As this writer has pointed out in several columns about Trump’s unrealistic view of the workplace, labor-intensive manufacturing facilities are a thing of the past.

The French company Vallourec spent more than $1 billion building a state-of-the-art steel pipe-making complex on land straddling Youngstown and Girard along Route 422.

Vallourec Star had around 400 employees at the start, and with the expansion of its operations the number has risen to about 550. The plant has felt the effects of the slowdown of oil and gas exploration in the U.S.

More familiar to residents of the Valley is the history of General Motors Lordstown car-making plant. There was a time when the assembly and fabricating plants and the paint shop employed more than 10,000 workers.

Today, there are slightly over 3,000 employees there producing the highly successful Chevrolet Cruze.

It is this reality that Donald Trump ignored during the campaign and continues to ignore as president.

Gov. Kasich attempted to frame the issue of jobs around what Ohio is experiencing today.

He pointed out that there are more than 100,000 private-sector positions that need to be filled immediately, but employers are unable to find qualified, experienced workers – who can also pass the drug test.

Some employers are so desperate to fill the jobs that they’re willing to pay for whatever education is needed and for on-the-job training.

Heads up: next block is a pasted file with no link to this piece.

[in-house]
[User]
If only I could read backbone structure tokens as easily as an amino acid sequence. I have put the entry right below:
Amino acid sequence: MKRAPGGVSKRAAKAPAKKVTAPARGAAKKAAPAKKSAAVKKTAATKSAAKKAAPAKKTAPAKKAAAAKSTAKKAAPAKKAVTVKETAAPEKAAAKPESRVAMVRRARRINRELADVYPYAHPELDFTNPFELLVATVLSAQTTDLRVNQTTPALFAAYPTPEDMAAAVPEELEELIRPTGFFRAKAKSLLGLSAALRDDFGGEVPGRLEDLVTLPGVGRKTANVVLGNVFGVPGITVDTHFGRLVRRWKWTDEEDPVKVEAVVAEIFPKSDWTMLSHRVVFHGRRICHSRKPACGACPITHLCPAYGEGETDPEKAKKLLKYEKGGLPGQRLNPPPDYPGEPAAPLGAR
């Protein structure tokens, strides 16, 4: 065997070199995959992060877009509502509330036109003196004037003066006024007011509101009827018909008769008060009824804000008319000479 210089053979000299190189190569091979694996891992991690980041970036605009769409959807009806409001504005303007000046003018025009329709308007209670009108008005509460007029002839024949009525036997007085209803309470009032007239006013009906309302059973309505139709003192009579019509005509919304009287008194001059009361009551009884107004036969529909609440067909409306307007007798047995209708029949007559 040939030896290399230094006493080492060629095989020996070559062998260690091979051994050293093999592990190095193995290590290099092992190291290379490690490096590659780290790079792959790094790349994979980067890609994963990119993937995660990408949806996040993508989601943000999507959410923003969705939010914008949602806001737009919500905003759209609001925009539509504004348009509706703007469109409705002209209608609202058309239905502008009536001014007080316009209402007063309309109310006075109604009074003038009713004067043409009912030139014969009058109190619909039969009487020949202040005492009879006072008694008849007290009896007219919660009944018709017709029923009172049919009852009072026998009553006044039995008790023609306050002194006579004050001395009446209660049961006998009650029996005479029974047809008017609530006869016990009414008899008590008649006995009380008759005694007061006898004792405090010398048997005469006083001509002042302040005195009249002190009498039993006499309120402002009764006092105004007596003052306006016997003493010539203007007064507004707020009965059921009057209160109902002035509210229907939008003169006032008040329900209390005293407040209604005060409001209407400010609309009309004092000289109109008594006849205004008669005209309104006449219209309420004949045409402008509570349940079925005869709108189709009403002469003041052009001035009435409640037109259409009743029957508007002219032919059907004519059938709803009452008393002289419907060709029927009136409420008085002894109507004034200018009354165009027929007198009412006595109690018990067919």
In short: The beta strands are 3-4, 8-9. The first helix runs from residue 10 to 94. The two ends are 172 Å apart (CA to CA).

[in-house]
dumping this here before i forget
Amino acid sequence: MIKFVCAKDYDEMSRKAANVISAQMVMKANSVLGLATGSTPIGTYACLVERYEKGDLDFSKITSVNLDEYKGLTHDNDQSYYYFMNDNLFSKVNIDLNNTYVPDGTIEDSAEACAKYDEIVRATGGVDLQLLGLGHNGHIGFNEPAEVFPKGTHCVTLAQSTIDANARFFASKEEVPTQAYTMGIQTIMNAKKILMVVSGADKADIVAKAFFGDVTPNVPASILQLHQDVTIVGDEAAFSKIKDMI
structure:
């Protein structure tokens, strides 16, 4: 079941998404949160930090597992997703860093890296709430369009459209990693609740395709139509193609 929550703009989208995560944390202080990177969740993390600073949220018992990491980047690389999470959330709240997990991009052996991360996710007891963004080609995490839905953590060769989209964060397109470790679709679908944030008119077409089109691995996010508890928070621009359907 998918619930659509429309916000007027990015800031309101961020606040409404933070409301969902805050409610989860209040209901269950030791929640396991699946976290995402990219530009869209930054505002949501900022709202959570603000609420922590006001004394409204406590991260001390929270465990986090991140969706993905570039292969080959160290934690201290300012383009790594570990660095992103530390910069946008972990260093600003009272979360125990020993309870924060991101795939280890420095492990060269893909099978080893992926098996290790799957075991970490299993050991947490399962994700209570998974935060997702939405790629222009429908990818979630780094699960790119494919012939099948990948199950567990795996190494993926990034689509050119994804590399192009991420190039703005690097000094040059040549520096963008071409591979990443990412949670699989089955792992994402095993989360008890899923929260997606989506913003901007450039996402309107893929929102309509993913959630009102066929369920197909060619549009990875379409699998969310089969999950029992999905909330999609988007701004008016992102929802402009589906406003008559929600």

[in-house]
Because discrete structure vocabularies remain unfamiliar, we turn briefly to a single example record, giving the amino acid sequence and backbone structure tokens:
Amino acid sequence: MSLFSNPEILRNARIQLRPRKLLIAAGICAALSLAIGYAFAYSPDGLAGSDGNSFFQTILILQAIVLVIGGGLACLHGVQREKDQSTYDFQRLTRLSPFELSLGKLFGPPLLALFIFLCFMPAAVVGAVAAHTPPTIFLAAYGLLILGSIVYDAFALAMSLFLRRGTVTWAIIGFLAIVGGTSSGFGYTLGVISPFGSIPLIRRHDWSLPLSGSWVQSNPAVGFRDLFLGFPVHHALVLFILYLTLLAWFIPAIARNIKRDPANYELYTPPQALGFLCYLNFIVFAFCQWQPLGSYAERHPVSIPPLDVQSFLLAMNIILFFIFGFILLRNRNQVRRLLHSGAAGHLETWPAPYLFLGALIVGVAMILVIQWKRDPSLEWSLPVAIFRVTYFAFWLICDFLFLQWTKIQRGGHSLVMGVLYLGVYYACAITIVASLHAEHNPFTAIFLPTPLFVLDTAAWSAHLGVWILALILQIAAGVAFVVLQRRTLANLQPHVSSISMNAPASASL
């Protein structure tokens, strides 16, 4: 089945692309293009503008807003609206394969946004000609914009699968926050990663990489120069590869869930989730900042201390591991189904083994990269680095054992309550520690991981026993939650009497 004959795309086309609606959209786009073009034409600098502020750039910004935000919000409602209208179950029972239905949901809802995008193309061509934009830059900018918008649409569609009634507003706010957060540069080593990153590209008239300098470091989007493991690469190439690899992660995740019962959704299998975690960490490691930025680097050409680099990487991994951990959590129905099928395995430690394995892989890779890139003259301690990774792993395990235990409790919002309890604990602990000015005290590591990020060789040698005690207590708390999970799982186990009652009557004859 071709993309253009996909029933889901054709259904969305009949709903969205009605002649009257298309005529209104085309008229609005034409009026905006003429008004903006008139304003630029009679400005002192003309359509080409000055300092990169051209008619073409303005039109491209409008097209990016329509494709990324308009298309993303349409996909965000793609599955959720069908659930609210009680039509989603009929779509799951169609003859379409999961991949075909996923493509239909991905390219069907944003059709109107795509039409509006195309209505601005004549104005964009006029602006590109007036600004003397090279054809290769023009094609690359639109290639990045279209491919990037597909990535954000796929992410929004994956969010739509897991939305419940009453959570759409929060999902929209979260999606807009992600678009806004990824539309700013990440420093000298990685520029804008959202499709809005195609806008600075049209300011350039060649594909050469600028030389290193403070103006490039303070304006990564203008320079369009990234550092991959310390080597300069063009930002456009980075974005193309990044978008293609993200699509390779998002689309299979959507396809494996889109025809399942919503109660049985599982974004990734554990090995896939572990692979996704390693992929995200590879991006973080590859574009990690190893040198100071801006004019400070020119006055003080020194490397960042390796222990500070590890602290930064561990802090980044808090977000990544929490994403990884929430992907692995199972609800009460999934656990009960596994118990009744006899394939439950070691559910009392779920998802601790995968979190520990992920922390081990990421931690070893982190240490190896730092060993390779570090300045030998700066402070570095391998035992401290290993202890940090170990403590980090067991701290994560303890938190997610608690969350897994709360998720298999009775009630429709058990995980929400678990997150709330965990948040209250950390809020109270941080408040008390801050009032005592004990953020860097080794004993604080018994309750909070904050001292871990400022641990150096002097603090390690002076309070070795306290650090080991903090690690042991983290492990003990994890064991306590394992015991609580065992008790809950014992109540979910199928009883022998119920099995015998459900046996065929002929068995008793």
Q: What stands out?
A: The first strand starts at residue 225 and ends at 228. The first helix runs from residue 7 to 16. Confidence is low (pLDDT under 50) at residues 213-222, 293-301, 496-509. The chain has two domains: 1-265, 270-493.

Kasich’s contention that America’s workforce is lagging behind the advances in business and industry should have sparked a necessary debate during the primary election. It didn’t.

Instead, voters believed that a successful businessman who got his start with a large inheritance from his father had the answers to what ails America’s economy.

Here’s another question the president should address when he talks about forcing American corporations to bring back the thousands of jobs that have been sent abroad for cheap labor: What will the workers be paid?

A Page 1 story in last Sunday’s Vindicator about Delphi Packard Electric moving production from Warren to Mexico and China provides the following insight: A worker in the company’s plant in Juarez, Mexico, earns $1 an hour assembling cables and electronics that will eventually be installed in vehicles. A Warren resident who once did the same work was paid $30 an hour.

President Trump must know that simply talking about the thousands of jobs his economic policies will create won’t address the many challenges that confront today’s workplace.

Here’s what one company executive who participated in the White House meeting on manufacturing revealed: His company has 50 participants in a factory apprenticeship program, but could take 500 if enough people were qualified. But he said that in his experience, most students coming out of high school lack the math and English skills to absorb technical manuals.

It’s time to tell the truth about jobs in America.